How we cite our quotes:
Then he offered to bring me a cup of coffee with milk. I like milk in my coffee, so I said yes, and he came back a few minutes later with a tray. I drank the coffee. Then I felt like having a smoke. But I hesitated, because I didn’t know if I could do it with Maman right there. I thought about it; it didn’t matter. I offered the caretaker a cigarette and we smoked. (1.1.13)
Meursault does express some hesitation here – he is uncertain of whether or not he should smoke with his dead mother lying there. But this hesitation is the closest he comes to feeling any sort of sadness.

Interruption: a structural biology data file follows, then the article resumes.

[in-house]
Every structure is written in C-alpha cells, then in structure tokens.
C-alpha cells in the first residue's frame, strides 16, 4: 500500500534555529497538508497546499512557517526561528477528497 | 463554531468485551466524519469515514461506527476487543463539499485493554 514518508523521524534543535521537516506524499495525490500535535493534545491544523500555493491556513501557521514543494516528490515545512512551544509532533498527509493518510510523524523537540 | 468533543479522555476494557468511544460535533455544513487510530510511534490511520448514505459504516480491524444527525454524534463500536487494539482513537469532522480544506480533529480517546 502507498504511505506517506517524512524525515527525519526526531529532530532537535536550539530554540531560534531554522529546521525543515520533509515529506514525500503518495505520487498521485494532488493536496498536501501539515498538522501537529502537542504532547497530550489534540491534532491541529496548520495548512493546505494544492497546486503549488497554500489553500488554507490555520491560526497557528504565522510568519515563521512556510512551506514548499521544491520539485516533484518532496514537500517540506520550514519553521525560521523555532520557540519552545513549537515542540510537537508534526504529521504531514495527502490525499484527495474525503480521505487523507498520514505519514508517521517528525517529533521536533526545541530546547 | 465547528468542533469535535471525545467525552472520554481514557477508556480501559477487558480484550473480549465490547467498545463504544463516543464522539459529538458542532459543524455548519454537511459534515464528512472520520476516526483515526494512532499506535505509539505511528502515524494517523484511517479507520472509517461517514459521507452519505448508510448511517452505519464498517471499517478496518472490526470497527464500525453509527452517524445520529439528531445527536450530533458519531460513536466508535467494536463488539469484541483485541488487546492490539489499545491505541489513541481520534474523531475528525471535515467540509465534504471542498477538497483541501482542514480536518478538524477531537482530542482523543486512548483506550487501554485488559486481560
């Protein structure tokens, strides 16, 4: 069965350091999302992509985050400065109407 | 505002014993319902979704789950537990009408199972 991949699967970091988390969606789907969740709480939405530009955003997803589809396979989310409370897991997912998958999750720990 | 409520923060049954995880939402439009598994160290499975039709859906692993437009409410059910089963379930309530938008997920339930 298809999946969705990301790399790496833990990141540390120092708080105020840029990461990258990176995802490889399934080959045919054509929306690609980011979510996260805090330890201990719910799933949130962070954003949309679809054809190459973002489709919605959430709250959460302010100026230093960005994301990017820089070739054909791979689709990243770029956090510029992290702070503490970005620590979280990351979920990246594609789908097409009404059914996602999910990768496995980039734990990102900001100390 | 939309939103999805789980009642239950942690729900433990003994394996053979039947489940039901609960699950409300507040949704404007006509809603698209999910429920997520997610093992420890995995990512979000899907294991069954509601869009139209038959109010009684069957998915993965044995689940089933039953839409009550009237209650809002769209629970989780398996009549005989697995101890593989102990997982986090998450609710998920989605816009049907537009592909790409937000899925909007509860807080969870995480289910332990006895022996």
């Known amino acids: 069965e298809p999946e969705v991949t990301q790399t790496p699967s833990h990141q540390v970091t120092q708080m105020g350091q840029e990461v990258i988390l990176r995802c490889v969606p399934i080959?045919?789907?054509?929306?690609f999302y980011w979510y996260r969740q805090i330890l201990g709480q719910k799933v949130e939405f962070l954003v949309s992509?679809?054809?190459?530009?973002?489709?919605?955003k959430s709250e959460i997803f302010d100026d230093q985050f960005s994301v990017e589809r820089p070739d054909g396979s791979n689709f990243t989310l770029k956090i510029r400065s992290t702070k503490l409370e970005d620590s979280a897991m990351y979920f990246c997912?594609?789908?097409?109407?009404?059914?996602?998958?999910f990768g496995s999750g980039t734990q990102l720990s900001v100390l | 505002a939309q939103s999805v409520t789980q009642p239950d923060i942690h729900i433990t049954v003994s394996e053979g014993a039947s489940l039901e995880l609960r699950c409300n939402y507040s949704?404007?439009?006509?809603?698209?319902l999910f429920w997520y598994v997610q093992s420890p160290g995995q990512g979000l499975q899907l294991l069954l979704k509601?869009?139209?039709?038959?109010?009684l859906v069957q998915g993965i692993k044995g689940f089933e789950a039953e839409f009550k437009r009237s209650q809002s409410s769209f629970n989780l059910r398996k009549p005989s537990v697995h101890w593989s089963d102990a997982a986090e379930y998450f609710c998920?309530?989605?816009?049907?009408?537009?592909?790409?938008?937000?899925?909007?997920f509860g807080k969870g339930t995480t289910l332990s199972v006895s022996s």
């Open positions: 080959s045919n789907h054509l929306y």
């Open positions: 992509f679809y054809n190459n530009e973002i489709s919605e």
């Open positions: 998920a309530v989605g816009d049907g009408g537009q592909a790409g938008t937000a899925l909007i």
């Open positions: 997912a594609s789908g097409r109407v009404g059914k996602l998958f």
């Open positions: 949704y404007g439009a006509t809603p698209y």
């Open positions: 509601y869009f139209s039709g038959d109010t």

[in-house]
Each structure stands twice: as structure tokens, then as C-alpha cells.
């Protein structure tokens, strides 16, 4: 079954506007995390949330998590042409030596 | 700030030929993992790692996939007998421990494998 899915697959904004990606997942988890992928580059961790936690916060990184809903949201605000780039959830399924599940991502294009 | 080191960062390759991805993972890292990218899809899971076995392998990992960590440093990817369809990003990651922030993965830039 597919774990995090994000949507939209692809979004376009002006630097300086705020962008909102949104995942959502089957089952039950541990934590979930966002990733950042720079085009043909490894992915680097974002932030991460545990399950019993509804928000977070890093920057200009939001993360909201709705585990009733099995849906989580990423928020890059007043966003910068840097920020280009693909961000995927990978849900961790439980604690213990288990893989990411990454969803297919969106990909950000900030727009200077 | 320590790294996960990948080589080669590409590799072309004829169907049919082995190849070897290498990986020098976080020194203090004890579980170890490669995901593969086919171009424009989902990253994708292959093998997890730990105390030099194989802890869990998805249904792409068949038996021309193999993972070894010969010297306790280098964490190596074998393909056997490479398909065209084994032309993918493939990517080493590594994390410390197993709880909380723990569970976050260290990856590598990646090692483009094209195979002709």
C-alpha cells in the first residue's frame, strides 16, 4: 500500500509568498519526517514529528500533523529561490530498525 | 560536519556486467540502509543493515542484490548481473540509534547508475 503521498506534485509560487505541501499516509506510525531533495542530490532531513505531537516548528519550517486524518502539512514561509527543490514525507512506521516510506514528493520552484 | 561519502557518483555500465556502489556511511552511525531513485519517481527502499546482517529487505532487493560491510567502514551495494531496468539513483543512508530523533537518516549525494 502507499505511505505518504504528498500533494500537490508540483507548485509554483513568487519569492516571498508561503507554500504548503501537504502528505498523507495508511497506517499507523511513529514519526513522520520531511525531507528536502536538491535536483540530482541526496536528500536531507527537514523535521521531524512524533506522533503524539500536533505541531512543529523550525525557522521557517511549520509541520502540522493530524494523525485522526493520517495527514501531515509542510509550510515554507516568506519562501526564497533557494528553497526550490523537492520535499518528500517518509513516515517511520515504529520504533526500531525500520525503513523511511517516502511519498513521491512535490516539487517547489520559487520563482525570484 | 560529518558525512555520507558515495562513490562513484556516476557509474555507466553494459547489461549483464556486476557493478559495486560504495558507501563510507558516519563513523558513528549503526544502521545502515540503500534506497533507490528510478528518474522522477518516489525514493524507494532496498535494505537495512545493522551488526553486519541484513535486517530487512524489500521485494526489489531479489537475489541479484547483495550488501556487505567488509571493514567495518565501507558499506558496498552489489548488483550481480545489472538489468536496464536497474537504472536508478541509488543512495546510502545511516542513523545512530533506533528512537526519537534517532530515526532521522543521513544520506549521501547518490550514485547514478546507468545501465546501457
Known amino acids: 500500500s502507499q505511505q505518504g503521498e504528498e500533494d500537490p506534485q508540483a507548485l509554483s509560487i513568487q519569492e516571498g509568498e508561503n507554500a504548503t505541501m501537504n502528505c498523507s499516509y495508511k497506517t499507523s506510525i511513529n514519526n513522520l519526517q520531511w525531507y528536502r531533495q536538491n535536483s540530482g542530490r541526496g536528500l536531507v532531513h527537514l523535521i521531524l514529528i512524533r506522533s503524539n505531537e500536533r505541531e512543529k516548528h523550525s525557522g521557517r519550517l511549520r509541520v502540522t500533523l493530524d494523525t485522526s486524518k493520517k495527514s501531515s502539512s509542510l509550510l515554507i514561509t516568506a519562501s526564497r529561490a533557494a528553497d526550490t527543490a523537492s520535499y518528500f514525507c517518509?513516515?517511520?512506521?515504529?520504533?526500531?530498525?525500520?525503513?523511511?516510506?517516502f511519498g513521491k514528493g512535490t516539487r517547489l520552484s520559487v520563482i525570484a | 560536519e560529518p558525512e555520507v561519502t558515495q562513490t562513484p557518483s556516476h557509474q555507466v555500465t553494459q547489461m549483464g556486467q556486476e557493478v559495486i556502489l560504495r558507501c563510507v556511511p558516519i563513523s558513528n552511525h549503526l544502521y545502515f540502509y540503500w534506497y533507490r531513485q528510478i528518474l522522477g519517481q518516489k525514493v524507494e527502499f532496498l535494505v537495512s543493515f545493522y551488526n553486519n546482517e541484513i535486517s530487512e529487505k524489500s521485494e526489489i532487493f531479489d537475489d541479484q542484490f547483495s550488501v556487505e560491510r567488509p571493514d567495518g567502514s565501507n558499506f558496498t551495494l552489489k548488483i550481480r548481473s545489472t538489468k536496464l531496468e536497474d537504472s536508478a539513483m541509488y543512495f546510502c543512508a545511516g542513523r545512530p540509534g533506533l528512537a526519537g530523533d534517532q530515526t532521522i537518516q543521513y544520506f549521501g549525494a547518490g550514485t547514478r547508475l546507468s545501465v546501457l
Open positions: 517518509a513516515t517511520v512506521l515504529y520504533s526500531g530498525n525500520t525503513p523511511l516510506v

Soon one of the women started crying. […] I thought she’d never stop. […] The woman kept on crying. […] I wished I didn’t have to listen to her anymore. But I didn’t dare say anything. (1.1.16)
Meursault is so unattached and without pain over his mother’s death that others’ expressions of sadness annoy him more than they affect him.
It had been a long time since I'd been out in the country, and I could feel how much I'd enjoy going for a walk if it hadn't been for Maman. (1.1.19)
Meursault is so matter-of-fact in his physical desires that he has no room for sadness or sentimentality in his heart.